Once again, researchers have caught a security bug affecting Intel CPUs empowering various devices. Dubbed CrossTalk, the vulnerability causes the CPUs to leak data to potential attackers.
CrossTalk Vulnerability In Intel CPUs
A team of researchers has discovered a new type of vulnerability, ‘CrossTalk’ in Intel CPUs. This vulnerability also affects the hardware and may cause data leak across CPUs.
According to the researchers, numerous such Intel CPU vulnerabilities have surfaced online earlier. But what makes CrossTalk different is that the previous bugs could be fixed by isolating the victims and attackers on separate cores. Thus, it would prevent transient execution attacks.
However, in the case of CrossTalk, isolating cores won’t work. Rather the vulnerability would still cause data leakage across cores due to a staging buffer visible with all cores. Regarding this component, the researchers explain,
The staging buffer retains the results of previously executed offcore-instructions across all CPU cores. For instance, it contains the random numbers returned by the offcore hardware DRNG (Figure 3), bootguard status hashes, and other sensitive data.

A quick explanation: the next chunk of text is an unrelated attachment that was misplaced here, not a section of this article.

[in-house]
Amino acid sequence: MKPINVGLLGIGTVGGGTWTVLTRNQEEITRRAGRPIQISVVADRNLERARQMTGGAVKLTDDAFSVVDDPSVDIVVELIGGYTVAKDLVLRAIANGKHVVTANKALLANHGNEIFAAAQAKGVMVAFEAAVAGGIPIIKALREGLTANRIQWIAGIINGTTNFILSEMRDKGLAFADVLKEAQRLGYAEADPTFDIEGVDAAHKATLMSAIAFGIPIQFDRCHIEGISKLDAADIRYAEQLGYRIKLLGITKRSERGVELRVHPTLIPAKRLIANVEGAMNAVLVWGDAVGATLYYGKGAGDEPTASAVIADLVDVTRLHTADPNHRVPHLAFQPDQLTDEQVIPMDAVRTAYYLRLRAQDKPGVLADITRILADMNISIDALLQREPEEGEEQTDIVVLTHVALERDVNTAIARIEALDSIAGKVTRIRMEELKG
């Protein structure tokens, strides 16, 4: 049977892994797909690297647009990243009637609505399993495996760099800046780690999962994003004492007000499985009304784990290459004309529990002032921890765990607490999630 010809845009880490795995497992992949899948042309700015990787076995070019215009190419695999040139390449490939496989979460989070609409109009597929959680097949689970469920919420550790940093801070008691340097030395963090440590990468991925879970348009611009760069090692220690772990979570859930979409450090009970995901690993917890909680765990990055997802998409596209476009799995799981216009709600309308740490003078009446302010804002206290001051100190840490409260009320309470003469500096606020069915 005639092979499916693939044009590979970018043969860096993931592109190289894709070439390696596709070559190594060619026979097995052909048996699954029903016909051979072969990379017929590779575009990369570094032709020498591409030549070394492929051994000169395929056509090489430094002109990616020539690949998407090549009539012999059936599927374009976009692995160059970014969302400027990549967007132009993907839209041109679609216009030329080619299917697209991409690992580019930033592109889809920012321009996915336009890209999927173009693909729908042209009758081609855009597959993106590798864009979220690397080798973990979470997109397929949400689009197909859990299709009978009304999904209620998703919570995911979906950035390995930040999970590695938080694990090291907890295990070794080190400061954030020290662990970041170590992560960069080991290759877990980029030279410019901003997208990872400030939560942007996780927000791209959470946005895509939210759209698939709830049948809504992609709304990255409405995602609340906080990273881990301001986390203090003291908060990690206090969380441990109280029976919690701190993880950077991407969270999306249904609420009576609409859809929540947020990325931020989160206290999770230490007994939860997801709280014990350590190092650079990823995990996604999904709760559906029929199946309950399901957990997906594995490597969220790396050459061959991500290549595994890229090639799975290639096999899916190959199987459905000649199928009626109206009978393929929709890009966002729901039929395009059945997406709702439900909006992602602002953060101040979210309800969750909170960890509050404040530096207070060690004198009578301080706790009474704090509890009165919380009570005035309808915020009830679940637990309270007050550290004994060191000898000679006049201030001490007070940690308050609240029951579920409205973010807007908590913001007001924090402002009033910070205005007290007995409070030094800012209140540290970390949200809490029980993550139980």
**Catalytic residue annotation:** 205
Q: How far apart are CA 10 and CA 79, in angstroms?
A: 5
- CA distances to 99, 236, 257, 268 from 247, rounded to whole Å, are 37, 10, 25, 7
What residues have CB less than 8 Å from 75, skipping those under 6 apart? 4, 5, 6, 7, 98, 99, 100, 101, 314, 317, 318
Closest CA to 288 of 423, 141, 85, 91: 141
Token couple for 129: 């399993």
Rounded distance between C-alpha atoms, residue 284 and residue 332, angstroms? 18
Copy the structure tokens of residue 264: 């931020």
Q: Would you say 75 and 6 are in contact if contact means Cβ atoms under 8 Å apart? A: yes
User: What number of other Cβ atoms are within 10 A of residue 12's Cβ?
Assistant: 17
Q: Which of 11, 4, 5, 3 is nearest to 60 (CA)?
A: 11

Hence, this becomes possible for an attacker to read the data by mounting transient execution attacks. The researchers have also set up a dedicated website to share the details of CrossTalk, which describes the bug as,
CrossTalk forces information from other cores to be transferred to on-core resources such as the Line Fill Buffers (LFBs) and then uses RIDL to inspect the content of the LFBs.
The vulnerability has received the CVE ID CVE-2020-0543. More details are also available in the research paper ready for publication in the IEEE Symposium on Security & Privacy 2021.
Possible Mitigation And Patches
The researchers first discovered and disclosed the bug to Intel back in September 2018. Since then, it took all the way to 2020 to come to a patch owing to the underlying technical difficulties.
Finally, Intel has released the security fix for this flaw which it calls “Special Register Buffer Data Sampling (SRBDS) vulnerability. As described in their advisory,
Incomplete cleanup from specific special register read operations in some Intel(R) Processors may allow an authenticated user to potentially enable information disclosure via local access.
The firmware update is out with the Intel’s June updates that include other bug fixes too.